It didn't take me long to get into a few new things. I love hunting through my now finally shrinking stash and trying to find projects for the many odd balls and abadoned yarns. I started a summer shrug out of Schachenmayr Piazza (the same yarn that's been frogged out of two different sweater attempts!). The pattern is the ribbed shrug (link to pdf) by Pam Allen from the IK staff projects, summer 2005. I'm working at a much smaller gauge than the pattern since the yarn is approximately sport weight, so I've adjusted the pattern quite a bit.

It's basically a rectangle with a frill at each end that will be partially sewn into a tube. It's mindless knitting, in K1P2 ribbing. I'm finding that I'm really getting into mindless knitting these days!

Earlier in the week, I whipped up a lacey headband (free downloadable pattern from Knitpicks).

I've been growing my hair out for almost a year now - it was really short before. It keeps getting in my face, so this is a good solution. The pattern calls for DK cotton, but I knit it in some leftover sock wool, Lanett Superwash I think. I left out the buttons and just sewed it into a loop. I think I may make more of these. I certainly have enough ends of sock yarn that I can use, and they're really quick. I think it would be fun to try adding beads.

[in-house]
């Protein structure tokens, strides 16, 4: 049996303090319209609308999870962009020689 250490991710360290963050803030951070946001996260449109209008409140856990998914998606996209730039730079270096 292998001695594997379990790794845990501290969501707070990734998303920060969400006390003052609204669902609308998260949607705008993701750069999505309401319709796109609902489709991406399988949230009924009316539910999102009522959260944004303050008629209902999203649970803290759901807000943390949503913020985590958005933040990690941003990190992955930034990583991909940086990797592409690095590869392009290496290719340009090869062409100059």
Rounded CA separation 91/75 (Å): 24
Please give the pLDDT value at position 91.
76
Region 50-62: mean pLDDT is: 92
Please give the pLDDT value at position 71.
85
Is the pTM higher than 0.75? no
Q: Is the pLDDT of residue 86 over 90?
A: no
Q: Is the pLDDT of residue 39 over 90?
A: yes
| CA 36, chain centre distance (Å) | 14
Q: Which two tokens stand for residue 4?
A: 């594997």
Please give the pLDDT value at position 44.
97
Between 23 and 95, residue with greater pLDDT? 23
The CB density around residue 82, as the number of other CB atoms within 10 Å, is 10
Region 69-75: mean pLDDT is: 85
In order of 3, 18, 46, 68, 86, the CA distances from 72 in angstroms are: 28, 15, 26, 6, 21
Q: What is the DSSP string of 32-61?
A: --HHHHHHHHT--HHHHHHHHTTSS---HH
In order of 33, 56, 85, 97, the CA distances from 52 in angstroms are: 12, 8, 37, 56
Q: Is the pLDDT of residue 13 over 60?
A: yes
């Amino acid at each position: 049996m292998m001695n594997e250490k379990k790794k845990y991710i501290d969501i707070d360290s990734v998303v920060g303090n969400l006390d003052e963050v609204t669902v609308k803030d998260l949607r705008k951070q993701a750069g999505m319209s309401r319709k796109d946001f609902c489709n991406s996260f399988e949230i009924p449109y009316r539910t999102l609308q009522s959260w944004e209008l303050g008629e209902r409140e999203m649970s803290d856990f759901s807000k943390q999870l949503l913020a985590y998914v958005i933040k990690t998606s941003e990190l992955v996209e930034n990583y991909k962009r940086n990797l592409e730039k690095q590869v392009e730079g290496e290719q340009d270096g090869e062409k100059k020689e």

And one last thing to show you. I found this great free slipper pattern over at Sock Pixie's blog. Also a very quick little knit. This is actually vintage tapestry wool. Four little 25-g skeins will get me a pair of slippers. Cool huh?

It still needs blocking and end-weaving, and a partner. There may be more of these in my future too - a knitter's family never has cold feet!

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Wednesday, May 02, 2007

Cabley goodness

I am now thoroughly addicted to knitting this sock. That didn't take long, now did it? Eunny's very clear instructions on cabling without a cable needle (written into the pattern) have really helped, although I have to admit I'm still using a cable needle for the big 7-st ribbed cables - that's just too many tiny little stitches to keep track of and it makes me nervous to have them flying free like that! But those cables only happen on every 8th row, so they don't slow me down too much.

I highly recommend this pattern for anyone looking for a bit of a challenge. At first it's a bit daunting, but once you get through one repeat, it kind of falls into place and makes sense. I do wish that I was a looser knitter though - my cables are pretty tight to work on 2 mm needles!

My other projects basically look the same, so no new photos today.

Things are looking very good on the job-after-graduation front these last few days. I'm still waiting for an official offer, but boy, am I excited! So I'm all the more motivated to finish the thesis. And on that note, I'm off to the office!